UBC Theses and Dissertations
Demand for industrial property and intra-metropolitan location Van der Linde, Hendrik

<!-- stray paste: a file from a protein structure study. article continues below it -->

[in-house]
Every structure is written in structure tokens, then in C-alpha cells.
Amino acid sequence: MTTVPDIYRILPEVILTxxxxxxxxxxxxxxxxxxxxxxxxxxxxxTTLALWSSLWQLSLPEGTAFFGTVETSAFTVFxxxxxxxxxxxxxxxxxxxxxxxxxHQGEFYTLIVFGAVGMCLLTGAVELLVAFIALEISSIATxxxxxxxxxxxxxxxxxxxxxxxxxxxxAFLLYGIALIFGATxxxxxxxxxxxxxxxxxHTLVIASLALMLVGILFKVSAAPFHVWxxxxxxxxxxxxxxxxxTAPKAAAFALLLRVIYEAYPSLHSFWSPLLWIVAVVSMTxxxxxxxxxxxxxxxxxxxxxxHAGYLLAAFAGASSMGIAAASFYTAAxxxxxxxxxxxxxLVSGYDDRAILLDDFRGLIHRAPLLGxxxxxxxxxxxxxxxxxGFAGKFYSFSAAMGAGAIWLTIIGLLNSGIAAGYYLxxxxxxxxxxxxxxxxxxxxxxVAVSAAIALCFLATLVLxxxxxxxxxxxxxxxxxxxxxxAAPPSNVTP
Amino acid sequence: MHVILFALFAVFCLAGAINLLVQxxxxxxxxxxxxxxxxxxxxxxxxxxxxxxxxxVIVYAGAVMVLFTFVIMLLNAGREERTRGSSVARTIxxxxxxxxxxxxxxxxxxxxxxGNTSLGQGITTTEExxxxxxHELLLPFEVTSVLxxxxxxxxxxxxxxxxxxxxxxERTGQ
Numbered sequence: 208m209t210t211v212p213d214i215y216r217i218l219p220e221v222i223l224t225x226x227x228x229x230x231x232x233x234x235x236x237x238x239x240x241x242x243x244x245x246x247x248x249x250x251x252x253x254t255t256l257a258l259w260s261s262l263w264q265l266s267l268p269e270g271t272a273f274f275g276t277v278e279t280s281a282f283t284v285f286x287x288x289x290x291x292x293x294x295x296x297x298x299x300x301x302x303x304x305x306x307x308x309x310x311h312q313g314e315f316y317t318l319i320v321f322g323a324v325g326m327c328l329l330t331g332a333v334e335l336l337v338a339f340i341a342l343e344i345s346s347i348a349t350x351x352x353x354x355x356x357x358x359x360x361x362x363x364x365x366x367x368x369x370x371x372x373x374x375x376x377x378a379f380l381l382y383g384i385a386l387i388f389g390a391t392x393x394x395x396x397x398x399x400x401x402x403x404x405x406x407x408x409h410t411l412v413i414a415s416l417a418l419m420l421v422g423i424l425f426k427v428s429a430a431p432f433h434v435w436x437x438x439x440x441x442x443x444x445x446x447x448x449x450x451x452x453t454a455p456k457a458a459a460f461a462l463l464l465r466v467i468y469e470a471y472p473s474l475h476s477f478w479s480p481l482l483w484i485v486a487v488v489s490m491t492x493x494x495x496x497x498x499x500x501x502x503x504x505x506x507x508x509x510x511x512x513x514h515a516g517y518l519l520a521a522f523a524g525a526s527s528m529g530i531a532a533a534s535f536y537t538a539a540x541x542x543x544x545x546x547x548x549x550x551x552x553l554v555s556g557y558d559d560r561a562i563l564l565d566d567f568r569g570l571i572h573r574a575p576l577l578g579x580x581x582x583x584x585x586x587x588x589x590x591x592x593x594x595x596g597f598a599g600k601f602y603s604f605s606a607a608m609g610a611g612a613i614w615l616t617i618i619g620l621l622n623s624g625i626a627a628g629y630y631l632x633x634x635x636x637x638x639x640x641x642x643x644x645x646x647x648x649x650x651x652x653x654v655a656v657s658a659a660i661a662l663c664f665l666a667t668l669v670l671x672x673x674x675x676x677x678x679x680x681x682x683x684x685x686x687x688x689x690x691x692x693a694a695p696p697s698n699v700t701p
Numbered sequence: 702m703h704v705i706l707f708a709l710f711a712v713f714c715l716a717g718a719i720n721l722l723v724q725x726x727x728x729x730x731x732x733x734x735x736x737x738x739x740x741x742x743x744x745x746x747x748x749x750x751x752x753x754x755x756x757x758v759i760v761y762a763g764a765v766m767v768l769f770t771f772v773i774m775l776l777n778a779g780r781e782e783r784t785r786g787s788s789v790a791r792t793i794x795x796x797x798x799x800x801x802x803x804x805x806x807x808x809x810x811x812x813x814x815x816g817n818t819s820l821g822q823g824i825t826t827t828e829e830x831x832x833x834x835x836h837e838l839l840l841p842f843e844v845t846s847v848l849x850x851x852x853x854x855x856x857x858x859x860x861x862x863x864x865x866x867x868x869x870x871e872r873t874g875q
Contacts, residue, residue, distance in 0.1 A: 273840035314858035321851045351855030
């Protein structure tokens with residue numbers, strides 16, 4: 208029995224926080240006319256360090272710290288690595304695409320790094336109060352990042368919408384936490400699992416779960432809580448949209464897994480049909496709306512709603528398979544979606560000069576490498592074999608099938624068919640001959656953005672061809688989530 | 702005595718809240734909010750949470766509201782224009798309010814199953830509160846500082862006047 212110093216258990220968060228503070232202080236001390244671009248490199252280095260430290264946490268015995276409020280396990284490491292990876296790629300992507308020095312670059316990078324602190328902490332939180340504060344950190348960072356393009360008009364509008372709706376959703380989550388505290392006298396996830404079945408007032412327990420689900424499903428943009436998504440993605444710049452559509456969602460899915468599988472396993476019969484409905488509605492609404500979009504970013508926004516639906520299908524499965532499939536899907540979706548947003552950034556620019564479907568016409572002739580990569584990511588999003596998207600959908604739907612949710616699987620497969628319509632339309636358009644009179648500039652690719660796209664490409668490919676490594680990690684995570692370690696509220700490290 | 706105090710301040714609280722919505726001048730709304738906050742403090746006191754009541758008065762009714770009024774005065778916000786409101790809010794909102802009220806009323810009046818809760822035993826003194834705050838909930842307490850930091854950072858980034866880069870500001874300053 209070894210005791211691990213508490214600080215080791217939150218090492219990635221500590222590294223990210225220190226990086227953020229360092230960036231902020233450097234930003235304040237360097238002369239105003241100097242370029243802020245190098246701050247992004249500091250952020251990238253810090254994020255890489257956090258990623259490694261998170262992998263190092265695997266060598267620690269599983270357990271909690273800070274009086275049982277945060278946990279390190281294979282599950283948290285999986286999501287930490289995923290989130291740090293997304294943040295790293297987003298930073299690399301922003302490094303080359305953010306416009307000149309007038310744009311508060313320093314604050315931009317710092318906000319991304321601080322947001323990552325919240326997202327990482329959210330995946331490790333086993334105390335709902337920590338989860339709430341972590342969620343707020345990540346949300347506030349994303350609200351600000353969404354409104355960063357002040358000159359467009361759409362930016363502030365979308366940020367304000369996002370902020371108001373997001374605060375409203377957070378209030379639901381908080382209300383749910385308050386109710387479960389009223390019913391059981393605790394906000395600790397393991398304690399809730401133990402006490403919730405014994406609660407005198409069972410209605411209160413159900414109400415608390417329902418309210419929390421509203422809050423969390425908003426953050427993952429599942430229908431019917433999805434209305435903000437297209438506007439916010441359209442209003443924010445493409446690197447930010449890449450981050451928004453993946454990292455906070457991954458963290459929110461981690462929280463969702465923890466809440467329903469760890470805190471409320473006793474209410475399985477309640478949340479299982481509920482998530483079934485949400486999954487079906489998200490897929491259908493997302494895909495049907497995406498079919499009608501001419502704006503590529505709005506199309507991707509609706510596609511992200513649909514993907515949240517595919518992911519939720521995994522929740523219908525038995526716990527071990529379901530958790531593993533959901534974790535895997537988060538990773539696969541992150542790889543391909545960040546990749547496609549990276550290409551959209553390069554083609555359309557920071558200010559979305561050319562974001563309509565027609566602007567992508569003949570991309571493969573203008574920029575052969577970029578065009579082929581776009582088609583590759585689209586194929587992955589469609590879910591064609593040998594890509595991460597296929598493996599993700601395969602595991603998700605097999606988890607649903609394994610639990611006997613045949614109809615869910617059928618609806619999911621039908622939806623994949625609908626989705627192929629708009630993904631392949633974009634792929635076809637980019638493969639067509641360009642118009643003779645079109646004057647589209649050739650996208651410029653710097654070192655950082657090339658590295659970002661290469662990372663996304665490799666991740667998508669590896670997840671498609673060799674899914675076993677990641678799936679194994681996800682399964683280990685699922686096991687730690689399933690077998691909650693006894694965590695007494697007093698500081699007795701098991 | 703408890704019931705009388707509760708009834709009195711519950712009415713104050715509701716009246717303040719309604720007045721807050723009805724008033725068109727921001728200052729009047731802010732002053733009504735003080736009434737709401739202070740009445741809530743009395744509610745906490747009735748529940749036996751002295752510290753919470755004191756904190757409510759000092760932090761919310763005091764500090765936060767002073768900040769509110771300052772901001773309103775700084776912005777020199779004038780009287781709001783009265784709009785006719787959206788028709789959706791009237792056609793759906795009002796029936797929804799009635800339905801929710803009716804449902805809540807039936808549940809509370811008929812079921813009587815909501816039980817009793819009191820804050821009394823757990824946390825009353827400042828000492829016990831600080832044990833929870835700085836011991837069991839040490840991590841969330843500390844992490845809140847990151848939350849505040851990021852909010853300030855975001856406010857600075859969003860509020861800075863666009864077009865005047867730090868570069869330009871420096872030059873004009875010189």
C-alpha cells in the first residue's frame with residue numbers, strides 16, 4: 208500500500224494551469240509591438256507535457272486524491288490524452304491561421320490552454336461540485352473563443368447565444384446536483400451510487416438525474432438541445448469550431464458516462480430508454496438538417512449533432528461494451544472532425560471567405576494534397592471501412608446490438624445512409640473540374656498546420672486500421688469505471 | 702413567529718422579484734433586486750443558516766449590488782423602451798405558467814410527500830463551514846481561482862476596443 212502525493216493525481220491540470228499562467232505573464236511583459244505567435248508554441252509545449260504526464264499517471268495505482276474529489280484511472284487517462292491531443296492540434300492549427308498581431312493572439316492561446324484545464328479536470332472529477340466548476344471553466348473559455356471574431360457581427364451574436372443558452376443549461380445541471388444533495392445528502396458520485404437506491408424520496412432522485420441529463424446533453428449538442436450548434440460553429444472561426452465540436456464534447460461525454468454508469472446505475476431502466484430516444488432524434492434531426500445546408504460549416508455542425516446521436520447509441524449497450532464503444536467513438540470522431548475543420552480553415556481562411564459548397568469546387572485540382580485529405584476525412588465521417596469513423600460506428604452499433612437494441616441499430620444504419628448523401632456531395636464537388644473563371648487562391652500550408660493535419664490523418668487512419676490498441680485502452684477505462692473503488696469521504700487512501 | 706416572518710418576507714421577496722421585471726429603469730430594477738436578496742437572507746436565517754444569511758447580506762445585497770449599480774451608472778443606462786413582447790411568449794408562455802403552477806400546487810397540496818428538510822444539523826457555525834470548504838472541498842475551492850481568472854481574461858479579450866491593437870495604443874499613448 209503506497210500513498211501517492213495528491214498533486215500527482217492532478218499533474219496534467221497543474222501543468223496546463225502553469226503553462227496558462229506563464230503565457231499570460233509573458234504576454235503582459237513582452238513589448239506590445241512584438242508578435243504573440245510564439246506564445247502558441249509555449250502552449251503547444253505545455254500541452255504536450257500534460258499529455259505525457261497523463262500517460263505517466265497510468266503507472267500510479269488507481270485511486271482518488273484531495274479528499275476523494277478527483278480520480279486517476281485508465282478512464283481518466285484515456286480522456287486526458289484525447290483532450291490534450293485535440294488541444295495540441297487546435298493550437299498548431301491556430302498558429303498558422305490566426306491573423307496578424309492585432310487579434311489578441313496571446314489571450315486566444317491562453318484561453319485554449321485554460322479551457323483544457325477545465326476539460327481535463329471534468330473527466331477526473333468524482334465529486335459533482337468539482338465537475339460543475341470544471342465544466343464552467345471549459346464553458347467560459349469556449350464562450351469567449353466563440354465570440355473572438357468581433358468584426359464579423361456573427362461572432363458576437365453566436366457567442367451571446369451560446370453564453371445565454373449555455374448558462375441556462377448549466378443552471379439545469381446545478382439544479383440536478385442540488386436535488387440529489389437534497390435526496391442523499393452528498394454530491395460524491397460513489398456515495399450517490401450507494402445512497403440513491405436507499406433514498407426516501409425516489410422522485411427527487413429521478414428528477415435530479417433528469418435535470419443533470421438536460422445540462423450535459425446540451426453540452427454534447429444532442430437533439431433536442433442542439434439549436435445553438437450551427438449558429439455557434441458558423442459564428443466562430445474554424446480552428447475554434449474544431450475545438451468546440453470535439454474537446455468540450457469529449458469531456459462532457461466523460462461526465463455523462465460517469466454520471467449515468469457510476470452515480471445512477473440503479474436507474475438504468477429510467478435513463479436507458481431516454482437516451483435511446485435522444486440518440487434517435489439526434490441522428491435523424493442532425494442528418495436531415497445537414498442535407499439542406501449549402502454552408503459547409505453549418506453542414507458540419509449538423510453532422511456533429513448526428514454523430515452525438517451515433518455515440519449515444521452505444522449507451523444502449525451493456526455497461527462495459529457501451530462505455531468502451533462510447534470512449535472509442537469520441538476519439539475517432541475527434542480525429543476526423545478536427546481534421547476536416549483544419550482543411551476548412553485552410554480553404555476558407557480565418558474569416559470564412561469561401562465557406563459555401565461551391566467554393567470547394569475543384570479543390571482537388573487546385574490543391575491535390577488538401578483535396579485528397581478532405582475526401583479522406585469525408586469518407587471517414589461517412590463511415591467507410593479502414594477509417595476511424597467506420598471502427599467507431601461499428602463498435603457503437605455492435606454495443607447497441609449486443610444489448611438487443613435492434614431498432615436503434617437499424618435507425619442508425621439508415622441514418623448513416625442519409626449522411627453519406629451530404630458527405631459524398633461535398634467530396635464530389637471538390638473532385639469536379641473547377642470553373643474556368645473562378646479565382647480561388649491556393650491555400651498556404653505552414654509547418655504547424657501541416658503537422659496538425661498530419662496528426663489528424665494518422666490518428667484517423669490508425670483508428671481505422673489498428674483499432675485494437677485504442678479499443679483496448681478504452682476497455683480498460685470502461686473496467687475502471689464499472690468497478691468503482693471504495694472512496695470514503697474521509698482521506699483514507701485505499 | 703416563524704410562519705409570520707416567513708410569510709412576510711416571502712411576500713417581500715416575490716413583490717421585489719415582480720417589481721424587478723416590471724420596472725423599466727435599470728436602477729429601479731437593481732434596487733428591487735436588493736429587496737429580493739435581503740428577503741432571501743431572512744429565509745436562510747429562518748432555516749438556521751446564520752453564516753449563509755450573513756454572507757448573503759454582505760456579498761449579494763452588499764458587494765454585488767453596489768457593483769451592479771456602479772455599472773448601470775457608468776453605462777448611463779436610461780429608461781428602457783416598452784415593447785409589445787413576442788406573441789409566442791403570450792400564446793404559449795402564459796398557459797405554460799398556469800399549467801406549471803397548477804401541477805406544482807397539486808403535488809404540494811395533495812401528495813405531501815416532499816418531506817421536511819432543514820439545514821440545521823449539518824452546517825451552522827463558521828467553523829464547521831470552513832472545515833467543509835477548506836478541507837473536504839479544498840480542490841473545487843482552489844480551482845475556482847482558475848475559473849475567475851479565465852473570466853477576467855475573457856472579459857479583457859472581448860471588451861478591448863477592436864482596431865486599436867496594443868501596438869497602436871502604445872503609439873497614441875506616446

The location of industry has a marked impact on the spatial development and form of the urban area. In the past, the location of industry was determined almost entirely by the industrial firms concerned. Their decisions were based on such factors as cost, accessibility and taxation policies with little regard for the inhabitants of the communities in which they located or for their impact on the environment. This, with the increased urbanization and the phenomenal urban sprawl of the past few decades, has brought the realization that urban planning is essential. Urban planners are faced with a tremendous responsibility in attempting to balance the requirements of industry with the needs of the community. To achieve this goal it is necessary to identify industry's requirements as well as measure them in some manner. Following a general discussion of the various location theories and a review of the existing literature, this study attempts to discover by empirical means if any one of the sources of demand for industrial property is large enough to be used as a basis for predicting future growth and development in the Vancouver metropolitan area. The study incorporates in its framework a review of some of the existing literature on the location of industrial plants. The purpose of this section of the study (Chapter II) is to identify and summarize the various theories which attempt to explain why industry locates where it does. It provides the framework in which the case study of Vancouver can be presented. In addition, Chapter II provides a useful basis for comparing the observations of reviewed authors of other "western" cities with Vancouver. The primary objective of the study is to examine the sources of demand for industrial property to ascertain if any one is sufficiently large to allow it to serve as a basis for predicting future demand. It is hypothesized that the source arising from the relocation of existing companies is sufficiently large in metropolitan Vancouver to serve this purpose. Arising out of this is a secondary object: to analyse the characteristics of those firms which have relocated to discover if any common denominators exist which could be used to predict future industrial plant movements. The area of study has been restricted to Vancouver City and the Municipality of Burnaby. It would have been more desirable to include the entire metropolitan area, since definite conclusions could then have been drawn; however, the survey required to gather the data for the entire region was beyond the physical capability of any one individual. The survey yielded data on 238 companies. When the sample was originally constructed it was decided to choose 320 companies (or 40% of the presumed total population). This was considered necessary since the survey was to be conducted during the summer months. If, when the interviewer called on a company, he was unable to have the questionnaire completed, the company was dropped from the sample. In this manner, the sample was reduced to about 30%. The analysis indicated that much of the demand for industrial property originates within the metropolitan area. Although the relocation of existing industries appears to be the largest source of demand for industrial property, it is not so large that it dominates. As a consequence it is doubtful that this source could be used as a basis for projecting future industry requirements. An examination of the firms that had relocated showed that the majority moved due to dissatisfaction with the physical premises in which they were located. Once they had decided to move, they normally only gave scant attention to the location decision. This is perhaps due to the fact that many of these companies were small and did not own their premises.
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